Beauty and techniques of handicraft inherited in Kanazawa -1-

– the “Saikusho” that produced samurai furnishings –

In Kanazawa, a variety of traditional handicrafts still remain and are rooted in everyday life, helping to boost the cultural and artistic level of the city. We will explore the beauty and roots of the handicrafts that have been passed down in this city.


Kanazawa’s roots as a city of traditional handicrafts date back to the Edo period (1603–1868), a time when the samurai reigned.


During the Edo period, the Maeda family, who were daimyo (feudal lords), ruled over the Kaga clan with Kanazawa as its capital city. From the time of the first lord, Toshiie, successive lords of the Maeda family maintained a deep interest in cultural projects through tea ceremonies. In particular, the third lord, Toshitsune, was an outstanding cultural lord.

At that time, the extent of the land owned by a clan throughout the country was indicated by the “Kokudaka.” This was a measure of the productivity of the land as expressed by its rice yield. The Kaga clan had a kokudaka of one million, which was the highest in Japan.

The great Kaga clan posed a threat to the Edo shogunate. In order to demonstrate his obedience to the government, as well as to show his family status as Japan’s top daimyo, Toshitsune spent his financial wealth, worth a kokudaka of one million, on arts and crafts, including martial arts.

*Maeda Toshitsune/ quote a photo from wikipedia


In Kanazawa Castle, there was a workshop called “Saikusho” as a symbol of the Kaga clan’s cultural incentive measures.

It was originally a place for repairing tools and weapons, but Toshitsune gradually transformed it into a craft studio for creating luxurious daimyo-style furnishings for the Maeda family. Along with this, many skilled craftsmen were invited from different places, such as Kyoto and Edo (Tokyo), as instructors of the Saikusho. This led to the foundation of Kanazawa’s arts and crafts techniques, which have been passed down to the present, including “Kaga Maki-e” and “Kaga Zogan, inlay.”


The techniques held by the Saikusho within the castle eventually spread to the studios that were run by the townspeople living in the castle town. This led to the formation of an unprecedented rich bank of craftsmen in Kanazawa. Indeed, the dyed kimono that served as the origin of today’s “Kaga Yuzen” was not created at the Saikusho, but rather by a dyer in the castle town who was patronized by the Kaga clan.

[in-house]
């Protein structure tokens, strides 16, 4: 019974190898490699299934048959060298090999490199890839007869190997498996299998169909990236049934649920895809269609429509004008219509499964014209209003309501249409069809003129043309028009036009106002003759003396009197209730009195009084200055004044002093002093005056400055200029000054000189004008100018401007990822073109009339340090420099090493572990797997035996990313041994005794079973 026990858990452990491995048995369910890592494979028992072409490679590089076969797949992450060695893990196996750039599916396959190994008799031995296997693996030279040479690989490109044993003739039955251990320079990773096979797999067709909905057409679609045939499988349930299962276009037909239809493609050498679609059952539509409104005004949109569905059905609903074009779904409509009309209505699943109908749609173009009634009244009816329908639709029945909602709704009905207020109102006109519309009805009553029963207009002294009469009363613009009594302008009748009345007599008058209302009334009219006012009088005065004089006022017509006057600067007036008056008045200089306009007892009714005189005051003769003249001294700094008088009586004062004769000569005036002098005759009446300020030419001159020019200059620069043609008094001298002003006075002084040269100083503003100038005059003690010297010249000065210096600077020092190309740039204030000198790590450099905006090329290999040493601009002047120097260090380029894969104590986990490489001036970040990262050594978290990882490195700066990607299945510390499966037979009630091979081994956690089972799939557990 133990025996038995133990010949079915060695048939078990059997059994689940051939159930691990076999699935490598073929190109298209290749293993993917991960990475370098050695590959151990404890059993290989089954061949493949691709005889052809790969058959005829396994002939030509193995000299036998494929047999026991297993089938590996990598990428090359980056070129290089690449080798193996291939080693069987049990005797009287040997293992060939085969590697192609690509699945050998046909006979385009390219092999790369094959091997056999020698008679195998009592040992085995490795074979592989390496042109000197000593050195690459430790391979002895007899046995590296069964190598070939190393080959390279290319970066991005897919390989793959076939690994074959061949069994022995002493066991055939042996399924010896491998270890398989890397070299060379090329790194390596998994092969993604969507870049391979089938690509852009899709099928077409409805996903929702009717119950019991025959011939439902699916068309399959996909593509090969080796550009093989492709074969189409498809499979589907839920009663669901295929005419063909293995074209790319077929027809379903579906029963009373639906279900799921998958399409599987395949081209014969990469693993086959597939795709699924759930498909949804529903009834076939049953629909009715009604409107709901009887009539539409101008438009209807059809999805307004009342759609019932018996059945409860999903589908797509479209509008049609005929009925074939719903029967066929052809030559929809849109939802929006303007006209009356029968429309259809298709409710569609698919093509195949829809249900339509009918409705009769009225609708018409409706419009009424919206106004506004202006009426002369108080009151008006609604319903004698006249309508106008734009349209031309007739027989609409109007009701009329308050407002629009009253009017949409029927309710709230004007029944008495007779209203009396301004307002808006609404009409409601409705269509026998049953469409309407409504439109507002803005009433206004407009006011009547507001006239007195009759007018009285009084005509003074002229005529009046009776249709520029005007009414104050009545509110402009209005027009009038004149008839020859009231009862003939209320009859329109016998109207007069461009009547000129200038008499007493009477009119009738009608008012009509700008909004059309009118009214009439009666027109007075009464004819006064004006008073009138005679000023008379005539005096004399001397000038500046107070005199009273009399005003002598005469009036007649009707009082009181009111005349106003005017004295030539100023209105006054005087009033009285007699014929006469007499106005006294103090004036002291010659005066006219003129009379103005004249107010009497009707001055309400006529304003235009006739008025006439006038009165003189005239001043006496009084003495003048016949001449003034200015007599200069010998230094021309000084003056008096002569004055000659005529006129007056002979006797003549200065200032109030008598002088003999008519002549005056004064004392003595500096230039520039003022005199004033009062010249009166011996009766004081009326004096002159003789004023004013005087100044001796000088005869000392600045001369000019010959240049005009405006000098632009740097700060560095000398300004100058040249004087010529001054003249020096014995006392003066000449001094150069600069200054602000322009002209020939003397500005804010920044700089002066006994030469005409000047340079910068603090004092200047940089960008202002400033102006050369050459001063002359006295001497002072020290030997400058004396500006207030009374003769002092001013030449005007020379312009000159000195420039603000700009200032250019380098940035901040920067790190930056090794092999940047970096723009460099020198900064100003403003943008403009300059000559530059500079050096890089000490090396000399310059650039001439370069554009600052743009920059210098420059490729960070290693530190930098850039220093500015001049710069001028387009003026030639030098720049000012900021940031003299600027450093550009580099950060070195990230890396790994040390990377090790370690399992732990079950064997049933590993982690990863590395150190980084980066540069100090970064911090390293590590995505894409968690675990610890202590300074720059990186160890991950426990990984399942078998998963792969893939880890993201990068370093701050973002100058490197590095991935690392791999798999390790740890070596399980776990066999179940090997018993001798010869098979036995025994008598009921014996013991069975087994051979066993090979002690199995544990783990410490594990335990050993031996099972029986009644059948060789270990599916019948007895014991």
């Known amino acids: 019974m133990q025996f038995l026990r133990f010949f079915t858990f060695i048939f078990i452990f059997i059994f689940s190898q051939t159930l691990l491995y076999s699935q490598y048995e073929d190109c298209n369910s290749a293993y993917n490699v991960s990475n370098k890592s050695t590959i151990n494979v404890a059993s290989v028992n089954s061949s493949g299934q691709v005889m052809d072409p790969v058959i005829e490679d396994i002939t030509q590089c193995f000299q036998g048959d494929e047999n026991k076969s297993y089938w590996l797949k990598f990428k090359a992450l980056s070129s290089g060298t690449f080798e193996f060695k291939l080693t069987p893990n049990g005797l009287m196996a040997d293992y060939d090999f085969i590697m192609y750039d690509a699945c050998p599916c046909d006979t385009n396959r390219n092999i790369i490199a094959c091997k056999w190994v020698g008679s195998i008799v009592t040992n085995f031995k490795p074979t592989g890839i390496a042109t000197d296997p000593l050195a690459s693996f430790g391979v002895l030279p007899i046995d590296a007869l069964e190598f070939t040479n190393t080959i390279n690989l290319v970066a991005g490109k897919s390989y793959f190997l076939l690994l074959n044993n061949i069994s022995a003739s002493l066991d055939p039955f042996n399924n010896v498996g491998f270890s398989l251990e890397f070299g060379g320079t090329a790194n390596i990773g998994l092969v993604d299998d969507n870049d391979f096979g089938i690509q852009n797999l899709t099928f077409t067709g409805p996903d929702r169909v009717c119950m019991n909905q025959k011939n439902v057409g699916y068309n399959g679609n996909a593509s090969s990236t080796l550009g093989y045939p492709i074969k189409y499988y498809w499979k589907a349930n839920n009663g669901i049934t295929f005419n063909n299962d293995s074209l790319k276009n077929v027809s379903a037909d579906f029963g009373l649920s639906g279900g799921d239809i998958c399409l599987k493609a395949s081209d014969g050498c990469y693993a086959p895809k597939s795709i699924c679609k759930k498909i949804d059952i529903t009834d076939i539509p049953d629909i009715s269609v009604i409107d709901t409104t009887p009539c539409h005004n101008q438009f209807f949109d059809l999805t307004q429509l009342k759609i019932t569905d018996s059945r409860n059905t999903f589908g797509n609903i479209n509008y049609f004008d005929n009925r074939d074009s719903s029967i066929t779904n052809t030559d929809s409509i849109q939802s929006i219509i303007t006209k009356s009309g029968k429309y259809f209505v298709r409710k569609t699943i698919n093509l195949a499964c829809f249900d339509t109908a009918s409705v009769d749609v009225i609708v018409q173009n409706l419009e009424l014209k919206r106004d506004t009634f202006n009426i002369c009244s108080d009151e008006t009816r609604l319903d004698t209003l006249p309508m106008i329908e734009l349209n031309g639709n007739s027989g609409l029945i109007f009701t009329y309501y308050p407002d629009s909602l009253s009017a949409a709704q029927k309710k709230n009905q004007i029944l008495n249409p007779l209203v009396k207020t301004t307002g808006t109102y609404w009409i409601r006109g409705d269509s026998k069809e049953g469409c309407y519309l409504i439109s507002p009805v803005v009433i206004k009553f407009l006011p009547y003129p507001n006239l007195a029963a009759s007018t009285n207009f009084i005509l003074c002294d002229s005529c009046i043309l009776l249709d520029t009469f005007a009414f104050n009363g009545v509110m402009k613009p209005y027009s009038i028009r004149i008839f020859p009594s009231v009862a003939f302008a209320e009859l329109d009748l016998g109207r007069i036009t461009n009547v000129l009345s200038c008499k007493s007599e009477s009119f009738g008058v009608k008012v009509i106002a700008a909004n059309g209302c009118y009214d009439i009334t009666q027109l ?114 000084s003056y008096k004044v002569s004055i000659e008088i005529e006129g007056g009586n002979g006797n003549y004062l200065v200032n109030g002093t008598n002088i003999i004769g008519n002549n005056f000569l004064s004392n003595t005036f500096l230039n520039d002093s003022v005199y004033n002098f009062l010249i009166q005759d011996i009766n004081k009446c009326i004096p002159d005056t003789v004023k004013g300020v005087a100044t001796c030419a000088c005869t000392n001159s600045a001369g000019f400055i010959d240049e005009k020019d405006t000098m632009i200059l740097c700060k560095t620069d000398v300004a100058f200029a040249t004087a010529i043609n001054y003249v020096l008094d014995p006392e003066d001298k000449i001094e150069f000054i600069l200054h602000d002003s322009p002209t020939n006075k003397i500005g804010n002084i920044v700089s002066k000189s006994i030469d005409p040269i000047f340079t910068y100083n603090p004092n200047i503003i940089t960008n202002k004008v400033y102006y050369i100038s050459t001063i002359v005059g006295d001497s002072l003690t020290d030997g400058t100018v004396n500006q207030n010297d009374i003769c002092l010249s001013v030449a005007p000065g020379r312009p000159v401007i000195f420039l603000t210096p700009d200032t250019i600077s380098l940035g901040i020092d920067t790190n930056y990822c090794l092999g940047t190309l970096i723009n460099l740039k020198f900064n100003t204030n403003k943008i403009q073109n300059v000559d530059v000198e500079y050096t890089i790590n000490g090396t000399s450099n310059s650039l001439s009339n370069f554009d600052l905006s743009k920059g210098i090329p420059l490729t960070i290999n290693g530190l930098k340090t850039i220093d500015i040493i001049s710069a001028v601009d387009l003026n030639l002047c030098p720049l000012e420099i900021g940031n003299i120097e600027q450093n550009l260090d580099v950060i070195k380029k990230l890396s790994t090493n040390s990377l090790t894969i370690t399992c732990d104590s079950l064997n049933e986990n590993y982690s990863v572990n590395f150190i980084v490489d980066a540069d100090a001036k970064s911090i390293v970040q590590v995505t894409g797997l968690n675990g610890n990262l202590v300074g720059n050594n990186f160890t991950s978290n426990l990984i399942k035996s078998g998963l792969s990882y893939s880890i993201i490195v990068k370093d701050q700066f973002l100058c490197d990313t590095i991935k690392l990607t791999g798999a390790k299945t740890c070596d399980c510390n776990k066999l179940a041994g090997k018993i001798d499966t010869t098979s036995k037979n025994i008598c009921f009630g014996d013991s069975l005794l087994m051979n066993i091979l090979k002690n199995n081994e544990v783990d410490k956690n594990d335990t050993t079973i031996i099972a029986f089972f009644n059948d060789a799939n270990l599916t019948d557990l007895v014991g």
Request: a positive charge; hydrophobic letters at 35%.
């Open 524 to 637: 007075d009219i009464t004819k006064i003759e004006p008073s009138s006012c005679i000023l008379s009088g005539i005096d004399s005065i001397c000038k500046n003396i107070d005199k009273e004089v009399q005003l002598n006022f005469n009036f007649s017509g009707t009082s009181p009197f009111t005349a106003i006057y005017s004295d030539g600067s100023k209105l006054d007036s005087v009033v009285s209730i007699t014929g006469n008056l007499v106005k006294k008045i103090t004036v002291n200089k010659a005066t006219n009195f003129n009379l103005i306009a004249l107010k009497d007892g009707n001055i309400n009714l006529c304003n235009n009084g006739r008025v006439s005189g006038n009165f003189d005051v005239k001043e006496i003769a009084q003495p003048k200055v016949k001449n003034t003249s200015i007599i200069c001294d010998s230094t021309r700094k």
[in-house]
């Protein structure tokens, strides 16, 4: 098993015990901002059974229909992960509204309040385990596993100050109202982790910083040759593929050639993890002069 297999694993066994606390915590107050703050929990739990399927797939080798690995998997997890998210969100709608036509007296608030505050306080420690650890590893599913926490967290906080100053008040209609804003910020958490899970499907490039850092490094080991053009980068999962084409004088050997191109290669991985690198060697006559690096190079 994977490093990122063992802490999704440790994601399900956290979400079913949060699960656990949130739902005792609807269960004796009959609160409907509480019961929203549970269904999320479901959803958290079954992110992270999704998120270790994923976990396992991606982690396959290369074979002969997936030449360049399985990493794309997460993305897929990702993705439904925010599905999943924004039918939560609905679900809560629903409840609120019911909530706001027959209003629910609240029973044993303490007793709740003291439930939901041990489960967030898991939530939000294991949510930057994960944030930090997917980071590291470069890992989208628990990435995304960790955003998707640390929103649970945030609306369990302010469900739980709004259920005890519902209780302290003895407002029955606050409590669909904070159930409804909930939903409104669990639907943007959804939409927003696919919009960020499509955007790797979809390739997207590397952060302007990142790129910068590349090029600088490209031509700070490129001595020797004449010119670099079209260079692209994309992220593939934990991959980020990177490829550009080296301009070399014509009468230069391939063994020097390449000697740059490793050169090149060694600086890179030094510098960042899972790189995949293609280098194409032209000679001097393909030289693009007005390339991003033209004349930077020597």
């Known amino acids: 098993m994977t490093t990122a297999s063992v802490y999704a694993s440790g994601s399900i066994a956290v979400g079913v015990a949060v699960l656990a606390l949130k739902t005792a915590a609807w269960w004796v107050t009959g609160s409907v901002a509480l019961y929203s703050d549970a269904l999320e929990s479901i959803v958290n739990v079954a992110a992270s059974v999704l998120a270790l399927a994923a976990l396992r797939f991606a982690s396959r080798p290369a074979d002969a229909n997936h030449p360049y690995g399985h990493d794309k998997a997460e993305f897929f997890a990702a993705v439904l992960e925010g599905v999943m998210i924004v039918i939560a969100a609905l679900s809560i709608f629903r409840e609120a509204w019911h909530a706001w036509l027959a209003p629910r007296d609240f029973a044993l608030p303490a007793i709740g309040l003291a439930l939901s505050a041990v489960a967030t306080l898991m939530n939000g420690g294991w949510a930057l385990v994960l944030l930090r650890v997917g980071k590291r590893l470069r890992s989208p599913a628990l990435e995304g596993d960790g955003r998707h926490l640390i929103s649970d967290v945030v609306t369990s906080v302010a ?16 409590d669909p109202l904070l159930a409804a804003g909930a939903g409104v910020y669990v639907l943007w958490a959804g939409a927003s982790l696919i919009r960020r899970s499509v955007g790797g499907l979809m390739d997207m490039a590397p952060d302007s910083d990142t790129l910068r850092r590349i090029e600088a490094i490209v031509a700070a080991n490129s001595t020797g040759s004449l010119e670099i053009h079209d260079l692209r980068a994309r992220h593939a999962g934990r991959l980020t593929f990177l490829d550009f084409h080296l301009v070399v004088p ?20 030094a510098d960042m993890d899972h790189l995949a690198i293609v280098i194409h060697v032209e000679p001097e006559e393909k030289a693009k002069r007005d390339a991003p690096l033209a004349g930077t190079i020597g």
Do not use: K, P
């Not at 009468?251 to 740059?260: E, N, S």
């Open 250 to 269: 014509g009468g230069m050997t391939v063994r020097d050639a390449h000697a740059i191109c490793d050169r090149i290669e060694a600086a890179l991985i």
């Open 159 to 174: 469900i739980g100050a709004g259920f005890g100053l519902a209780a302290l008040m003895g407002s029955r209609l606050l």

“Kaga Maki-e”


The Saikusho was further enhanced and developed by the fifth lord, Tsunanori, in terms of both its organization and roles. It remained as a clan-owned arts and crafts studio right up to the end of the Edo period, which was a rare thing across the whole country.



If you wish to see the great skills and aesthetics of the artisans from that time, visit the “Seisonkaku” history museum adjacent to Kenrokuen Garden. Nariyasu, the 13th lord of the Kaga clan, built it as his mother’s retirement home, with the craftsmanship of the Kaga clan featuring in both the works inside the building and in the collections on display.



Seisonkaku Villa

  • Open: 9 am to 5 pm (Visitors must enter by 4:30pm)
  • Closed: Wednesdays (Next day if Wednesday falls on a holiday) and Dec. 29 to Jan. 2
  • Admission fee: 700 yen
  • Address: 1-2 Kenroku-machi
  • Contact: Tel. 076-221-0580
  • WEB:


Takenoko; a taste of spring

Spring is the time to harvest bamboo shoots, or takenoko.

The bamboo plant used to be an indispensable part of daily life in Japan, being used as a building material or as kitchen utensils in the form of chopsticks, food containers, or colanders. Many bamboo tools have been replaced with plastic ones, while takenoko continues to be widely eaten, loved for its crunchy texture and slightly bitter taste.

Here in Kanazawa, the first moso bamboos were cultivated in 1766 and were introduced into the suburbs of the city. Nowadays, the city certifies 15 types of indigenous vegetables as ‘Kaga Yasai’ branded products, one of which is takenoko.